By Capt. Rick Burns
Naturally, for July along our Nature Coast, specifically the Citrus County area, it’s all about the opening of scallop season which starts July 1st and runs through September 25th. If you’ve never done it there’s no better way to have good fun, a nice way to cool off, beat the summer heat and something the whole family can enjoy. And oh yes, the best part, preparing and eating em! Which, I’ll share with ya in a minute. If you have done it, you certainly can agree.
In case you weren’t aware, there are only 3 good areas left in the state of Florida for harvesting these bi-valve mollusks. Port St. Joe area up in the panhandle; Steinhatchee, Keaton beach area in the Big Bend; and our Citrus County Scallop grounds, the Crystal River, Homosassa area.
There was a time when most of Florida enjoyed Scallop harvesting. I believe one of the main reasons it doesn’t now is because of the coastal growth, development and population in other areas of the state which unfortunately brings with it, less habitat and sometimes lesser water quality. Scallops must have good water quality and grass beds to populate, grow, and thrive, and these few areas still have these features that are vital to these tasty morsels.
Here are some guidelines to insure a happy trip out for the “white gold of the gulf ”. First off, it can be quite busy at the ramp, on the river, and out at the picking’ grounds. Please, please remember to be respectful, and cautious when navigating in and around these waters. Please no BWIs – Keep it for back at the motel. We don’t need any airlifts, or water ambulances.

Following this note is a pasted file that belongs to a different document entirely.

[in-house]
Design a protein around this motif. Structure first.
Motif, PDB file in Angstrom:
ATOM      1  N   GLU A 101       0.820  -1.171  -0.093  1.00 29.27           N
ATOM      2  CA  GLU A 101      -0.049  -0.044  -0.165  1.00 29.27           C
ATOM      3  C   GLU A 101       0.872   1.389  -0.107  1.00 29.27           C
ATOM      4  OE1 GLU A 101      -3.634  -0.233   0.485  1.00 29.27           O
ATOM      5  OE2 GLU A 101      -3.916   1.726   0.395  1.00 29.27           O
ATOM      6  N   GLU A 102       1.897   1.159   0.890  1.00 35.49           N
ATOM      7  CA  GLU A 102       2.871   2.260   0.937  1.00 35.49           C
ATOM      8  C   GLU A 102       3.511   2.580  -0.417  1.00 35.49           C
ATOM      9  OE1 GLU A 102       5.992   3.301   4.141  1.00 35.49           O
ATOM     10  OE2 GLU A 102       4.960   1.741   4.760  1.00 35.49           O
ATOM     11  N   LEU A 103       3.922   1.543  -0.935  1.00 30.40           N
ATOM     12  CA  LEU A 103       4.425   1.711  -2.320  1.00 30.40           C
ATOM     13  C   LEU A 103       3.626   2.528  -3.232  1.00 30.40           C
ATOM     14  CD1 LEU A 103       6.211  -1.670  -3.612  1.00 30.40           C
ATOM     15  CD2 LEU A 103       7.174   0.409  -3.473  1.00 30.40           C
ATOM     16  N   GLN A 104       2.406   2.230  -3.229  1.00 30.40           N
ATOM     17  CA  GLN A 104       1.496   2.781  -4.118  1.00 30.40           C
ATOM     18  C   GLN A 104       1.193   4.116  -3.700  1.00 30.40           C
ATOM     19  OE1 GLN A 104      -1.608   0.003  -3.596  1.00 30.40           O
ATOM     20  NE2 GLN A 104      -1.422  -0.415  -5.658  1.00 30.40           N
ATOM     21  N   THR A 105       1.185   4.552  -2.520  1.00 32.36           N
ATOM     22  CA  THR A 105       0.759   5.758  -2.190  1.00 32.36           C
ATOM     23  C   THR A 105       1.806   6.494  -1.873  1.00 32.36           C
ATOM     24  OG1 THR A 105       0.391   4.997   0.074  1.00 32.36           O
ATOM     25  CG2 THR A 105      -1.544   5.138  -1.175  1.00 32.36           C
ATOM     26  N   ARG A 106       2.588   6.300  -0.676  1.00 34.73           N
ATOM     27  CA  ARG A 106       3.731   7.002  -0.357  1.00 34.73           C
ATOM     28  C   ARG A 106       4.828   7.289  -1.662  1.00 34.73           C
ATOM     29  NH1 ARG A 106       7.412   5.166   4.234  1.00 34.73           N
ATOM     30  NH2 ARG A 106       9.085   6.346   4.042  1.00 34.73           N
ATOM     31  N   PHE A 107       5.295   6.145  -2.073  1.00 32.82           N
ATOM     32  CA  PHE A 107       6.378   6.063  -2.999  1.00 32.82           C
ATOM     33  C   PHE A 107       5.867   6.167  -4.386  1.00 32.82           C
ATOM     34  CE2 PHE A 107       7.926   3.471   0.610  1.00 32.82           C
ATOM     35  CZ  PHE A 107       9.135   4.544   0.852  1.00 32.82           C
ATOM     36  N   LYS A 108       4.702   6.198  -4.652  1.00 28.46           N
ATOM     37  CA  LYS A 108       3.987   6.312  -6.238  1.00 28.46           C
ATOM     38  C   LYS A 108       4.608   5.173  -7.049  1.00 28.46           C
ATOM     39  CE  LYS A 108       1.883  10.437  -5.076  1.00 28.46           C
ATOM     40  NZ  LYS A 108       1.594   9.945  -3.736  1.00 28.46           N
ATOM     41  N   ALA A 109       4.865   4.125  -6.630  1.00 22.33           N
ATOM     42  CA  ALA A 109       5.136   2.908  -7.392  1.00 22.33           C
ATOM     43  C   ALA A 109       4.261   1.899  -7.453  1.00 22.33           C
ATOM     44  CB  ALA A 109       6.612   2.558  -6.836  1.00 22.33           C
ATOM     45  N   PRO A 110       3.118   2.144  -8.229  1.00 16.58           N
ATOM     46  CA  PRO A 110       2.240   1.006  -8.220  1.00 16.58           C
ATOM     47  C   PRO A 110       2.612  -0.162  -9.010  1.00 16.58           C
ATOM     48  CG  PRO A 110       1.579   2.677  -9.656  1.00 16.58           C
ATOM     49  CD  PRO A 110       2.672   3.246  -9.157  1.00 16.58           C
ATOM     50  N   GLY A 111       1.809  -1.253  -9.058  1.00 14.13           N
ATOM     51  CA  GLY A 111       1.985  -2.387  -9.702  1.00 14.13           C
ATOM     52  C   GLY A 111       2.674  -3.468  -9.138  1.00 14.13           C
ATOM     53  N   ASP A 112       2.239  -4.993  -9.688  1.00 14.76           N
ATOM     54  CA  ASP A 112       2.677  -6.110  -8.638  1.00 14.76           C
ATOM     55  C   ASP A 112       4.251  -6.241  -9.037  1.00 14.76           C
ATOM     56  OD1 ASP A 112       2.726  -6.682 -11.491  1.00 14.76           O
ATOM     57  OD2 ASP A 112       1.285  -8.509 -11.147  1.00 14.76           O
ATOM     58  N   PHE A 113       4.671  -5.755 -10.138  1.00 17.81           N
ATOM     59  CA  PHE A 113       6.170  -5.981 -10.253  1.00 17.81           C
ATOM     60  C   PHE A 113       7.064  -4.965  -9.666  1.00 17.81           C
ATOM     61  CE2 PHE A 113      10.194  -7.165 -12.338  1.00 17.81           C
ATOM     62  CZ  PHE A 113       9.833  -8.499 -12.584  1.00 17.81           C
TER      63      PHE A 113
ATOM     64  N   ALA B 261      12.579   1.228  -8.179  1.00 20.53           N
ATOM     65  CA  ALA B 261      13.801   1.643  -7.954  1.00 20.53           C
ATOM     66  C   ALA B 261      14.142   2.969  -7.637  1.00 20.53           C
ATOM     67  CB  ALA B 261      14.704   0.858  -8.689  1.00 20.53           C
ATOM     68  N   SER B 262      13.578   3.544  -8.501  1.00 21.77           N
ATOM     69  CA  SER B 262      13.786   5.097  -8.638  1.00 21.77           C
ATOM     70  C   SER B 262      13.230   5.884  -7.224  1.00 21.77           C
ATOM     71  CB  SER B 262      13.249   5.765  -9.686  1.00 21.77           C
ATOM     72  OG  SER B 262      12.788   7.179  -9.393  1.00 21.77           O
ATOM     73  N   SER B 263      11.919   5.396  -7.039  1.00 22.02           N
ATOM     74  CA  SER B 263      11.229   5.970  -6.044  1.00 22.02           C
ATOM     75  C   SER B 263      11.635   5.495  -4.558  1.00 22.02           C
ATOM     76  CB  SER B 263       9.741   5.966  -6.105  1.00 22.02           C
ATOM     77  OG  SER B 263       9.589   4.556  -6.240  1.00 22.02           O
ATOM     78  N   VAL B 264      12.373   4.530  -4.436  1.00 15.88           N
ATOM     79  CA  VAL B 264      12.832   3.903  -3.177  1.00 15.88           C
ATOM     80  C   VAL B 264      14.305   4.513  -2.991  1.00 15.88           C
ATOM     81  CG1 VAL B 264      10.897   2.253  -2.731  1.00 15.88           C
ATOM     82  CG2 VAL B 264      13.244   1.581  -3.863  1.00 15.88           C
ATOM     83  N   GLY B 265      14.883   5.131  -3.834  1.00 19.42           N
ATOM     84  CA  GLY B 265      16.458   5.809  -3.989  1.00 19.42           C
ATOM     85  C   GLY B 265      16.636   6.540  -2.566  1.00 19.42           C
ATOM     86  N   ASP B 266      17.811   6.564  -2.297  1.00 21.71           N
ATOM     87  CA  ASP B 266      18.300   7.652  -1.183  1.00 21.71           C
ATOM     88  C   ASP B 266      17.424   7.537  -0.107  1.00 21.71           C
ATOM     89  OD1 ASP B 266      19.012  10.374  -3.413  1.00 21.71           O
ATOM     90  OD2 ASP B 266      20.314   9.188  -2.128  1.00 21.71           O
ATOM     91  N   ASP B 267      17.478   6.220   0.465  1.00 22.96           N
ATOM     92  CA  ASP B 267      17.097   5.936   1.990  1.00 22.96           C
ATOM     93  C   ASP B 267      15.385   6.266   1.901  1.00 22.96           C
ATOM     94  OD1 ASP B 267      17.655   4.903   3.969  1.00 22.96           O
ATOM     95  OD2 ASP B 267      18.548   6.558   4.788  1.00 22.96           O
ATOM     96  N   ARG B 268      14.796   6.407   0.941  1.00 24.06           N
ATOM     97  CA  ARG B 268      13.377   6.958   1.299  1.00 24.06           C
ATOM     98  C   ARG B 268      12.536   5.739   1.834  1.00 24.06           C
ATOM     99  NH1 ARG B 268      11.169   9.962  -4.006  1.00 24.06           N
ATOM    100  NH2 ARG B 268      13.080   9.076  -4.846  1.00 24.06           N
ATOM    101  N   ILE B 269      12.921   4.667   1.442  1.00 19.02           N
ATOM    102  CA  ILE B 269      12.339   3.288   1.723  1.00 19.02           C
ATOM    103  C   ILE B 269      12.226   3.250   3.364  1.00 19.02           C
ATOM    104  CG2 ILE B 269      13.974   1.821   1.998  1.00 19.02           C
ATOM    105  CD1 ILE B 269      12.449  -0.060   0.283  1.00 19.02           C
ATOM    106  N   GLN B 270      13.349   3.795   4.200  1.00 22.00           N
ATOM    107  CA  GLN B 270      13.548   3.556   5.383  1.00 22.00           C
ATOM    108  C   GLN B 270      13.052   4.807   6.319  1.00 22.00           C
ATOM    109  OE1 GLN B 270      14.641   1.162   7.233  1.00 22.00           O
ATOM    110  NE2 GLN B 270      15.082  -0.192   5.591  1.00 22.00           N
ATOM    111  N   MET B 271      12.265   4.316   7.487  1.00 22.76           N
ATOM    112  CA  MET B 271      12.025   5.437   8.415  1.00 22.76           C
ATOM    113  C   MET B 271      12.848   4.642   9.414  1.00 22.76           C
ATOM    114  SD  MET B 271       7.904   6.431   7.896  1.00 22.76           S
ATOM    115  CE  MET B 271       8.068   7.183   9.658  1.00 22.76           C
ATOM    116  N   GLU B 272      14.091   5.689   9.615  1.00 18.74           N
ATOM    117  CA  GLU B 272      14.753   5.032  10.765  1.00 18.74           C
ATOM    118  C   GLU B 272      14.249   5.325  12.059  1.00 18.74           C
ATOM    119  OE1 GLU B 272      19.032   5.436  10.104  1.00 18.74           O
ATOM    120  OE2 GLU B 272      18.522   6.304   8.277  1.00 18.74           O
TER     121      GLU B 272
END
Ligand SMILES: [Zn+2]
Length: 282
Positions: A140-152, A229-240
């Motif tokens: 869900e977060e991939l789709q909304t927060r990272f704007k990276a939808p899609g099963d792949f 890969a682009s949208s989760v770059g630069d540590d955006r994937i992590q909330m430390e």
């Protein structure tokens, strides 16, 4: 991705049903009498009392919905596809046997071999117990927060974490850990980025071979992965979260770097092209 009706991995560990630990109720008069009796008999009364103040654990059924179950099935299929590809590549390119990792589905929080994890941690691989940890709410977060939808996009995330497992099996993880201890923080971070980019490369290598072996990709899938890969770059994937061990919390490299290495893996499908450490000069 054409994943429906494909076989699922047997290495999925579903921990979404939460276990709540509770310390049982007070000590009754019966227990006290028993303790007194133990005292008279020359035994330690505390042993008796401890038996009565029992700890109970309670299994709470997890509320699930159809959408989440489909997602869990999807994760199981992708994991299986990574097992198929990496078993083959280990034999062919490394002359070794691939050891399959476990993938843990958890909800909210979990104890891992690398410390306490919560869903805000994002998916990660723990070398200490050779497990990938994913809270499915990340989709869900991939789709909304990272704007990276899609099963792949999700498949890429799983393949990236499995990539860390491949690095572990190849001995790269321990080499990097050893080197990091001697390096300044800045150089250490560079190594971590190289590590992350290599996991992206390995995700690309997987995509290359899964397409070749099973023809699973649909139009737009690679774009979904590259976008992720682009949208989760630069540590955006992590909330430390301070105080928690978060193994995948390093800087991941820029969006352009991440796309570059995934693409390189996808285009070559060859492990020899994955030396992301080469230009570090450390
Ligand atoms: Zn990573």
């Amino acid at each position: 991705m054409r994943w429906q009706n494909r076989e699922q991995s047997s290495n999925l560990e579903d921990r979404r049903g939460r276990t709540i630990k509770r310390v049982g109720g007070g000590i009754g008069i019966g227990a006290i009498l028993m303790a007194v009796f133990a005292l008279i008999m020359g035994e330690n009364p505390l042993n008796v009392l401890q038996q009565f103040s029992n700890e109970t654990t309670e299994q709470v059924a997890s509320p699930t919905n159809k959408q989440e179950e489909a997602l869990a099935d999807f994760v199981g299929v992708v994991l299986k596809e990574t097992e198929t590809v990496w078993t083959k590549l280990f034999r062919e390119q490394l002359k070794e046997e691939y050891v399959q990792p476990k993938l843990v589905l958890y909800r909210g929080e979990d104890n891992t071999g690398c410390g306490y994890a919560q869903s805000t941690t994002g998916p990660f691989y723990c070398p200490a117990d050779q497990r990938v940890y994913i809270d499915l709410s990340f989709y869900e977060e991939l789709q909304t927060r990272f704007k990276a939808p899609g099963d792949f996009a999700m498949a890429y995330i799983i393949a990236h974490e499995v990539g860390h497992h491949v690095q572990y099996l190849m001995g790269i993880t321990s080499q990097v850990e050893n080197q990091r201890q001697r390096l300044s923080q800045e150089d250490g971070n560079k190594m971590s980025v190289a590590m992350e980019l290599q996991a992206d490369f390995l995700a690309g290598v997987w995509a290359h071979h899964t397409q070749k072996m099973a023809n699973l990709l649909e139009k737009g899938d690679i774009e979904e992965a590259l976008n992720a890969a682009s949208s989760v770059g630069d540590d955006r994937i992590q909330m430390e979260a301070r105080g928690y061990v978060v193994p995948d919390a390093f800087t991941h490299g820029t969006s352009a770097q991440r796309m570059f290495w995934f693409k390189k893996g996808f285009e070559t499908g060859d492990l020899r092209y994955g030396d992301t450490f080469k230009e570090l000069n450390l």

The preliminary reports are very good, it should make for adequate col- lections this season. The most beneficial thing a couple or group can do to enjoy a trip and be most successful is to hire a captain or guide that has been doing this for years, period. And trust me; it’s better and cheaper in the long run to hire a guide, step on the boat in the morning. Have a fun, safe and productive trip. And then step off when all is said and done. A charter that gets you out there quick for more scalloping time, has good bimini shade, good tunes or stereo to enjoy, and knows where to go and not to go to be most productive. And most importantly, one that is U.S.C.G. proper- ly equipped, licensed and insured. Book a charter service that already has what I call an umbrella saltwater license to make sure you’re covered. You sure don’t want to show up at the dock ready to go and find out you need a saltwater fishing license. Recreational harvesters are limited to 2 gallons of whole bay scallops in the shell, or 1 pint of scallop meat per person, per day. In addition, no more than 10 gallons of whole scallops or 1/2 gallon of meats may be possessed aboard any vessel at any time.
Now, being a Florida Cracker, this is one of my favorite and easiest recipes, Fried Scallops! Prepare an egg wash by beating two eggs in two cups of milk. Season wash to personal preference with salt and pepper. I like “Everglades Heat”, or “Old Bay”. Dip Scallop meats in egg wash, drain, and then coat with any prepared seafood breading, like “House of Autry”, “Zatarans” or just 50-50 corn meal and flour. Fry quickly (1-2 minutes) in hot grease (375 degrees). Don’t Overcook! Then drain on paper towels. Add some cheese grits and hushpuppies, and…shut the front door!
So, get out, and enjoy one of the Nature Coast’s exclusive opportunities this summer. Be safe and good Scalloping, Capt. Rick…><>